City Multicultural Mass a reminder of why we gather – Catholic Leader

National dress: Members from 22 multicultural Catholic communities were represented in the entrance procession.

CATHOLICS from 22 multicultural communities processed into St Stephen’s Cathedral wearing national dress for the Multicultural Mass celebrated by Brisbane Archbishop Mark Coleridge last Sunday.

Coronavirus restrictions had taken a toll on the large numbers usually present at the Mass while the typical festivities like the food exhibition were unable to go ahead.

Even so, almost 100 people gathered for the Mass in person.

Evangelisation Brisbane cultural and administration support officer Percy Pamo Lawrence, who has organised the past 25 Multicultural Masses, said this year was all about adapting to what was possible under coronavirus restrictions.

“The silver lining is, in spirit, more people were able to join us by way of live stream,” she said.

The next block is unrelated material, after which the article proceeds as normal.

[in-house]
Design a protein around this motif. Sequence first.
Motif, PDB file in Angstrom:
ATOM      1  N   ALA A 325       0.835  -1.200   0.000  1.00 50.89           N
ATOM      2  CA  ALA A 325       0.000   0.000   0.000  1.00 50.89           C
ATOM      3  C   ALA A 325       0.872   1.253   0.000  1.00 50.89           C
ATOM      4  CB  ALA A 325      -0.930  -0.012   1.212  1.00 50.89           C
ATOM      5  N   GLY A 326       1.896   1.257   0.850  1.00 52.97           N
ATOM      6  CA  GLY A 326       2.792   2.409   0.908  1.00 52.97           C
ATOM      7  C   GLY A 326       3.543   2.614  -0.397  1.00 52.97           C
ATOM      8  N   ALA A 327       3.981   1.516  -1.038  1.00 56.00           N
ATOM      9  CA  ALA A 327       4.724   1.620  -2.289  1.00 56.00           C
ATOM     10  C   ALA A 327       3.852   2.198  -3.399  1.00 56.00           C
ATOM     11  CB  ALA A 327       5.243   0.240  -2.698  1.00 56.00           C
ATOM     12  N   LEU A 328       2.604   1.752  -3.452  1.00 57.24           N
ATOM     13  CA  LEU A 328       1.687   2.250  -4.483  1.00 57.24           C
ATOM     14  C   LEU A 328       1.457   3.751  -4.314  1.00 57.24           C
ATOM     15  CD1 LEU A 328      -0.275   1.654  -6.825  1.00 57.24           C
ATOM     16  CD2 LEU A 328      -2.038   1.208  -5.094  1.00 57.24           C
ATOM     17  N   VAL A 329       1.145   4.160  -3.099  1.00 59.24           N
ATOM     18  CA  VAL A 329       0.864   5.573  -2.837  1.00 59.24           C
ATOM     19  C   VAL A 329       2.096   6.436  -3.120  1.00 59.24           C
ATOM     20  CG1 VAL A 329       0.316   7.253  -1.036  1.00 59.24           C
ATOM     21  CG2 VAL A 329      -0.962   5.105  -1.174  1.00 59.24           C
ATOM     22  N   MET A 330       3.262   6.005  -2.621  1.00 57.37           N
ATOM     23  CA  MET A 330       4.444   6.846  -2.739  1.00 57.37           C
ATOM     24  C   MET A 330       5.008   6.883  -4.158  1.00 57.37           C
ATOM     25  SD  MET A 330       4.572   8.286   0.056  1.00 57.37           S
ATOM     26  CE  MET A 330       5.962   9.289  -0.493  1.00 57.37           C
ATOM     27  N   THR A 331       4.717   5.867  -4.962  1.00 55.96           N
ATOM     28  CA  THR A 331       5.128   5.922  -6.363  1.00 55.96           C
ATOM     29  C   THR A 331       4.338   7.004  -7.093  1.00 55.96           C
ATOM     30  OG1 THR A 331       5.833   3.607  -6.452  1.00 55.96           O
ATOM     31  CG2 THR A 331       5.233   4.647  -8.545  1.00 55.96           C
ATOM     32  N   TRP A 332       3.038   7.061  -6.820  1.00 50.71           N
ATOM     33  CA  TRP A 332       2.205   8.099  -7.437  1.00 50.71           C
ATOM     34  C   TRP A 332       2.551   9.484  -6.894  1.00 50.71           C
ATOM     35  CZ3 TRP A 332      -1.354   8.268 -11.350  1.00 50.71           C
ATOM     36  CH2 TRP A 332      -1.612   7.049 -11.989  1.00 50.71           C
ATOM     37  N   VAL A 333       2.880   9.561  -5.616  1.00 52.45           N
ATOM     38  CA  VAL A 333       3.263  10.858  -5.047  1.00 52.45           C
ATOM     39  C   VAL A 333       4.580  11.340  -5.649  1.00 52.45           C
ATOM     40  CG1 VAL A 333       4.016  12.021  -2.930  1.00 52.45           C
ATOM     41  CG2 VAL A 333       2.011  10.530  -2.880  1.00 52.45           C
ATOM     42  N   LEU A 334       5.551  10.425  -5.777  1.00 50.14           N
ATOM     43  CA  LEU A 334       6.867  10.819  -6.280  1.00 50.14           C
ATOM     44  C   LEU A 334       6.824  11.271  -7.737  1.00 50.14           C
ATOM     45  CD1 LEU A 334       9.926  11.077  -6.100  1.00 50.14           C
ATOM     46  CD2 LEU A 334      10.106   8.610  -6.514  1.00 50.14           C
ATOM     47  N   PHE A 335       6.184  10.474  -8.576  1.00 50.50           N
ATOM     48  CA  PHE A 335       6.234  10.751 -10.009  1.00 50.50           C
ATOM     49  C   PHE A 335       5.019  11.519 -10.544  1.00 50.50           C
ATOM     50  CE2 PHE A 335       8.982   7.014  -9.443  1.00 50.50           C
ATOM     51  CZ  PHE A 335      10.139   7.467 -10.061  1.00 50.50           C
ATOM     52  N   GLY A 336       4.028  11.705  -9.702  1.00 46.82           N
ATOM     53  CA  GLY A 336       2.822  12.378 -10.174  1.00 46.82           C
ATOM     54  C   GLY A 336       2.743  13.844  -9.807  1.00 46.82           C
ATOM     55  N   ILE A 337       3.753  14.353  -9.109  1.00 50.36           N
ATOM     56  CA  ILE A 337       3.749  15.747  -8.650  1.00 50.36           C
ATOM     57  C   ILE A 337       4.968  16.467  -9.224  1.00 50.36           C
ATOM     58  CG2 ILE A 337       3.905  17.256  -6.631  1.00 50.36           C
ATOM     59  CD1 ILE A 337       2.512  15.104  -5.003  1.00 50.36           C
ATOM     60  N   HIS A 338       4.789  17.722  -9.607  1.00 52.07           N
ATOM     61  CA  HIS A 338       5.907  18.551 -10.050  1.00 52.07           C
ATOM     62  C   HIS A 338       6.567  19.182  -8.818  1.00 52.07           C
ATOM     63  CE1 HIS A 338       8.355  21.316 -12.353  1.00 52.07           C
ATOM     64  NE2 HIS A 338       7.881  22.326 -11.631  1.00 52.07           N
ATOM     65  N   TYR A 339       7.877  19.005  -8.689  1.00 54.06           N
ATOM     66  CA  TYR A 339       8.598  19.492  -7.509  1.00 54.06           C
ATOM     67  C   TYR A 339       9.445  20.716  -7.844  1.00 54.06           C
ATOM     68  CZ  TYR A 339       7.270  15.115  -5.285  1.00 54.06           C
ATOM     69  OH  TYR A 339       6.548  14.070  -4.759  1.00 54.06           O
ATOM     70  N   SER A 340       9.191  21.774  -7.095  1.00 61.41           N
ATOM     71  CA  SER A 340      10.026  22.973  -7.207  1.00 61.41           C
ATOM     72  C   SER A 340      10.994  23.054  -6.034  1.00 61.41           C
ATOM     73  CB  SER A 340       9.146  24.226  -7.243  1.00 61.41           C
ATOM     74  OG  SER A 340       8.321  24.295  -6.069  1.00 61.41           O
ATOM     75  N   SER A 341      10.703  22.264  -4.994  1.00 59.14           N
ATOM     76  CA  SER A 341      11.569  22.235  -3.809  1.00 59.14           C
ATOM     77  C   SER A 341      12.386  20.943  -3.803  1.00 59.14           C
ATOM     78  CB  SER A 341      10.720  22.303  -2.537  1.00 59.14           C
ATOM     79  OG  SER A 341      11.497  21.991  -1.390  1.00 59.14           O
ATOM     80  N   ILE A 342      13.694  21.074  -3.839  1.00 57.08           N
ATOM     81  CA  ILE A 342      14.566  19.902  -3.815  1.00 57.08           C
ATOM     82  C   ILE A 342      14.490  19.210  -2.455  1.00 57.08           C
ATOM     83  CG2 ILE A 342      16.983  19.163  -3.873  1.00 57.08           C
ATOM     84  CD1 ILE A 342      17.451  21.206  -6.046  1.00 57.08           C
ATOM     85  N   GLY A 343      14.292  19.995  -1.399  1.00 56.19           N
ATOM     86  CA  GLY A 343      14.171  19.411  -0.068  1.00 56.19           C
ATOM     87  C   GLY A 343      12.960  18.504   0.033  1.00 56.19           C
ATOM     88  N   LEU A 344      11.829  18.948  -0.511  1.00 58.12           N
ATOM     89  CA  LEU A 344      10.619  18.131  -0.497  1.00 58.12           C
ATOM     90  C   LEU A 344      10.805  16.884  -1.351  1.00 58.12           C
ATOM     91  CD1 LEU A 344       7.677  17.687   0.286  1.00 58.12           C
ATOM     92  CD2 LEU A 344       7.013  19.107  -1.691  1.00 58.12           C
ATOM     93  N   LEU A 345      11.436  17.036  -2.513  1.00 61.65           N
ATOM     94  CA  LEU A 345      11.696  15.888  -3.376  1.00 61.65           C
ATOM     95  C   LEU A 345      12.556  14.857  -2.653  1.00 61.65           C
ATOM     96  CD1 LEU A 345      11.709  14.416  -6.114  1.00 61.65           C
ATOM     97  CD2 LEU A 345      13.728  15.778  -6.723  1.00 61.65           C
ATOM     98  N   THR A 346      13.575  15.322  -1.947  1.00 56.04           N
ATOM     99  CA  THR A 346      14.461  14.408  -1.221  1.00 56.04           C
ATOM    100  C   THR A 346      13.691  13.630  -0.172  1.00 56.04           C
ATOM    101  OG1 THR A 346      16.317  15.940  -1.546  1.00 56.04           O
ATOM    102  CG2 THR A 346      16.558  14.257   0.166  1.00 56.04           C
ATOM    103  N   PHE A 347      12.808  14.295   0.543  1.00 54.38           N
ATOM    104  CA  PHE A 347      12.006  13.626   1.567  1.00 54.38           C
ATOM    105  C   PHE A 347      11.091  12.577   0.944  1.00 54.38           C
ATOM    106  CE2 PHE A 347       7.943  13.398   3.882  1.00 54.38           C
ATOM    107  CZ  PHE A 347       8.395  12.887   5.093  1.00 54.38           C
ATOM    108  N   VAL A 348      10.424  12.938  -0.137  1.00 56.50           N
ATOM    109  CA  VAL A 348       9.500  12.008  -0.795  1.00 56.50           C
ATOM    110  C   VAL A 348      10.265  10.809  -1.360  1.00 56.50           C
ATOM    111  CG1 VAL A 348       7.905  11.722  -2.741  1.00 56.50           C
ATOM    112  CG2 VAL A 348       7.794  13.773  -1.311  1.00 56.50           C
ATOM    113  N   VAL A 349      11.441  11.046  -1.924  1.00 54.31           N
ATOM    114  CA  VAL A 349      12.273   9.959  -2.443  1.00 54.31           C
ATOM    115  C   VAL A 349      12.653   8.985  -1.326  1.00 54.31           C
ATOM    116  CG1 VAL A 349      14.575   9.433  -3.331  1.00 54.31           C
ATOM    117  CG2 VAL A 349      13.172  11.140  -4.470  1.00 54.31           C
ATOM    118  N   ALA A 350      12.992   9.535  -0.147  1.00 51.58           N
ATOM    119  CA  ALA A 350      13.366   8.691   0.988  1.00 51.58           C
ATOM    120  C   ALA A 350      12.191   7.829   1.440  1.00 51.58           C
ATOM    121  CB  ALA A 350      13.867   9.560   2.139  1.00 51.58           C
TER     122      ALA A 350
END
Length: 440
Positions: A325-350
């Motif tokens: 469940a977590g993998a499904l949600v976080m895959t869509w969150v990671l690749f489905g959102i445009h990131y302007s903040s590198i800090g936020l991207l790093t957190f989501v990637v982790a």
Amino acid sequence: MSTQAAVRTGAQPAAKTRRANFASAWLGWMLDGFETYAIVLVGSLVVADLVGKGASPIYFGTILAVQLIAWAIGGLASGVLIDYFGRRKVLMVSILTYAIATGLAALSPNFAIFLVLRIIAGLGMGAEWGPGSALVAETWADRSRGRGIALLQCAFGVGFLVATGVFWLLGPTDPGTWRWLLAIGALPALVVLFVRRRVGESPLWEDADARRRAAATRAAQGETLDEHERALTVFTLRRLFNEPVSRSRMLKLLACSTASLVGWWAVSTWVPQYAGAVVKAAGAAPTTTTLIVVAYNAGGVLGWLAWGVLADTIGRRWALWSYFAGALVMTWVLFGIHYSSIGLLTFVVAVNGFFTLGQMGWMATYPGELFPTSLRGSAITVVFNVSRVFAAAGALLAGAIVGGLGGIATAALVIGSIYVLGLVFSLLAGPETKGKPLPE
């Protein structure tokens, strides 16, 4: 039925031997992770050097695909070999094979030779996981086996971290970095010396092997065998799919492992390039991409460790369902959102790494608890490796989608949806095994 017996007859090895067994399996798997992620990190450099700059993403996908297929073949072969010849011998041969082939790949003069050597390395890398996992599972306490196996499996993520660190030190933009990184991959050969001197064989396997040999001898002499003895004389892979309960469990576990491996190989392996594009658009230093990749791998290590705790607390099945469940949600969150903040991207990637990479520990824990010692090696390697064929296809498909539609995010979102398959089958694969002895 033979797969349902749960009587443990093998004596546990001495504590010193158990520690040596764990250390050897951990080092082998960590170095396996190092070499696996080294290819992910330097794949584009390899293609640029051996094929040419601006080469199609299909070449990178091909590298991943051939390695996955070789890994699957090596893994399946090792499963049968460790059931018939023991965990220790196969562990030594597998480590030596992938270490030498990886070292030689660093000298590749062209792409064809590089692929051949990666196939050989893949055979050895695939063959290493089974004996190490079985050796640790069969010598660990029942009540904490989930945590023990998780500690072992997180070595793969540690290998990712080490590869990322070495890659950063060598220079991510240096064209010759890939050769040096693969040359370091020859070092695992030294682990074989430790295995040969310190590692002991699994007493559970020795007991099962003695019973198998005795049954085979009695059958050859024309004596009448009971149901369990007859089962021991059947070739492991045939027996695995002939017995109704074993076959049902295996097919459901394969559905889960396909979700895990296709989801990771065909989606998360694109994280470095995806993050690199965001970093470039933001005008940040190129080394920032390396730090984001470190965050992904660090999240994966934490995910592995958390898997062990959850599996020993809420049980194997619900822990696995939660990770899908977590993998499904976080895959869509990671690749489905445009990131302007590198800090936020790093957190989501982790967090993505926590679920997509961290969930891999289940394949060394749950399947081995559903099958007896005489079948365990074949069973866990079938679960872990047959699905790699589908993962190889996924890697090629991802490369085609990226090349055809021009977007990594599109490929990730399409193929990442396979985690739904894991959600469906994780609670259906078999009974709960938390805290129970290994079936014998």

More than 650 people watched the Mass which was live-streamed from the cathedral.

The Multicultural Mass also retained many of its characteristics like prayers, hymns and readings spoken in different languages, and the colourful national dress.

Evangelisation Brisbane director Deacon Peter Pellicaan said the Multicultural Mass was “a great expression of the diversity in the Catholic Church in Brisbane”.

“It’s beautiful to see so many faces from so many different countries that are all encountering Jesus in the Eucharist,” Deacon Pellicaan said.

Songs of worship: Members of the Maronite Catholic Community provided music at the Multicultural Mass last Sunday.

“It’s the Eucharist that brings us all together, and there’s not a better example of that than at Multicultural Mass where faces from all over the world come together to participate in Christ’s Body and Blood in the Eucharist but with each other as Christ’s Body and Blood as well.”

Many of the multicultural community chaplains were able to be present to concelebrate the Mass too, he said.

“They continue to provide colour, life and diversity to our Church and in many ways they’re the future of the Church because some of the largest numbers of Catholics in the Australian Church today, the most growing communities, are often Vietnamese and Lebanese and Filipino, it’s the Church of the future,” Deacon Pellicaan said.

Music was provided by the Maronite Catholic Community, which Deacon Pellicaan said had “great harmonies” and “great cultural significance”.

Deacon Pellicaan also thanked Ms Lawrence and EB’s Jessica Laidler for playing the key roles in making the Mass possible this year.